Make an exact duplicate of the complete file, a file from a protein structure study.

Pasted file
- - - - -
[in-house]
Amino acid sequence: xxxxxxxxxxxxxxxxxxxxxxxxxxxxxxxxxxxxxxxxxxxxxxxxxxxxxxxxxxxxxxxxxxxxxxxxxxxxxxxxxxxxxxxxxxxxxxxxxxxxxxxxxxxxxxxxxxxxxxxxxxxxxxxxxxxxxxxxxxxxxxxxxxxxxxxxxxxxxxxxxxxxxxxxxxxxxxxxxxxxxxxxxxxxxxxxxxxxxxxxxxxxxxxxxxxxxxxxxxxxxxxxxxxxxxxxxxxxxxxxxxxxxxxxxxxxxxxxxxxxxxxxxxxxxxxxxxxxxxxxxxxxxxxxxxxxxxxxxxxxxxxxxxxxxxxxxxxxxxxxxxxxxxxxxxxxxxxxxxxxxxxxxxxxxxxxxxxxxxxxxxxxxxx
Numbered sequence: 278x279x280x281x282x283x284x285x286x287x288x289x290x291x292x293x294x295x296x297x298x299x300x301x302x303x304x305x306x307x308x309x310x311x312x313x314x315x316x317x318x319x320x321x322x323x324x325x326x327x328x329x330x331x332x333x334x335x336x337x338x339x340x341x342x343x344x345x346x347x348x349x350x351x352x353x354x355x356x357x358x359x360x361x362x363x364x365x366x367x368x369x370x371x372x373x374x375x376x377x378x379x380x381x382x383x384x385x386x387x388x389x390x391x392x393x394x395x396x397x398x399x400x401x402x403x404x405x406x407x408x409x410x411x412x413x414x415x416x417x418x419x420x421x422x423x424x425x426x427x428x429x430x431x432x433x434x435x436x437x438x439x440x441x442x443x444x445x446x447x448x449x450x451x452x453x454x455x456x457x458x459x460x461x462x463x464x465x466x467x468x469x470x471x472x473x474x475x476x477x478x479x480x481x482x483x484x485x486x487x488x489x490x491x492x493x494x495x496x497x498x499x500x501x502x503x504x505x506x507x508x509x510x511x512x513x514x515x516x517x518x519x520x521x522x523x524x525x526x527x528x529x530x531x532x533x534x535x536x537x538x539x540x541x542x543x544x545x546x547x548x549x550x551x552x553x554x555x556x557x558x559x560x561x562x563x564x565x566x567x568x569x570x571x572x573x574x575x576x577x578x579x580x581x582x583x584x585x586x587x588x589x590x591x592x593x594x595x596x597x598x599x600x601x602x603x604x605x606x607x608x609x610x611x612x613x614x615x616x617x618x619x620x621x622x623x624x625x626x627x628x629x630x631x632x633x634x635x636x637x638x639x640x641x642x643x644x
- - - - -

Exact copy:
[in-house]
Amino acid sequence: xxxxxxxxxxxxxxxxxxxxxxxxxxxxxxxxxxxxxxxxxxxxxxxxxxxxxxxxxxxxxxxxxxxxxxxxxxxxxxxxxxxxxxxxxxxxxxxxxxxxxxxxxxxxxxxxxxxxxxxxxxxxxxxxxxxxxxxxxxxxxxxxxxxxxxxxxxxxxxxxxxxxxxxxxxxxxxxxxxxxxxxxxxxxxxxxxxxxxxxxxxxxxxxxxxxxxxxxxxxxxxxxxxxxxxxxxxxxxxxxxxxxxxxxxxxxxxxxxxxxxxxxxxxxxxxxxxxxxxxxxxxxxxxxxxxxxxxxxxxxxxxxxxxxxxxxxxxxxxxxxxxxxxxxxxxxxxxxxxxxxxxxxxxxxxxxxxxxxxxxxxxxxxx
Numbered sequence: 278x279x280x281x282x283x284x285x286x287x288x289x290x291x292x293x294x295x296x297x298x299x300x301x302x303x304x305x306x307x308x309x310x311x312x313x314x315x316x317x318x319x320x321x322x323x324x325x326x327x328x329x330x331x332x333x334x335x336x337x338x339x340x341x342x343x344x345x346x347x348x349x350x351x352x353x354x355x356x357x358x359x360x361x362x363x364x365x366x367x368x369x370x371x372x373x374x375x376x377x378x379x380x381x382x383x384x385x386x387x388x389x390x391x392x393x394x395x396x397x398x399x400x401x402x403x404x405x406x407x408x409x410x411x412x413x414x415x416x417x418x419x420x421x422x423x424x425x426x427x428x429x430x431x432x433x434x435x436x437x438x439x440x441x442x443x444x445x446x447x448x449x450x451x452x453x454x455x456x457x458x459x460x461x462x463x464x465x466x467x468x469x470x471x472x473x474x475x476x477x478x479x480x481x482x483x484x485x486x487x488x489x490x491x492x493x494x495x496x497x498x499x500x501x502x503x504x505x506x507x508x509x510x511x512x513x514x515x516x517x518x519x520x521x522x523x524x525x526x527x528x529x530x531x532x533x534x535x536x537x538x539x540x541x542x543x544x545x546x547x548x549x550x551x552x553x554x555x556x557x558x559x560x561x562x563x564x565x566x567x568x569x570x571x572x573x574x575x576x577x578x579x580x581x582x583x584x585x586x587x588x589x590x591x592x593x594x595x596x597x598x599x600x601x602x603x604x605x606x607x608x609x610x611x612x613x614x615x616x617x618x619x620x621x622x623x624x625x626x627x628x629x630x631x632x633x634x635x636x637x638x639x640x641x642x643x644x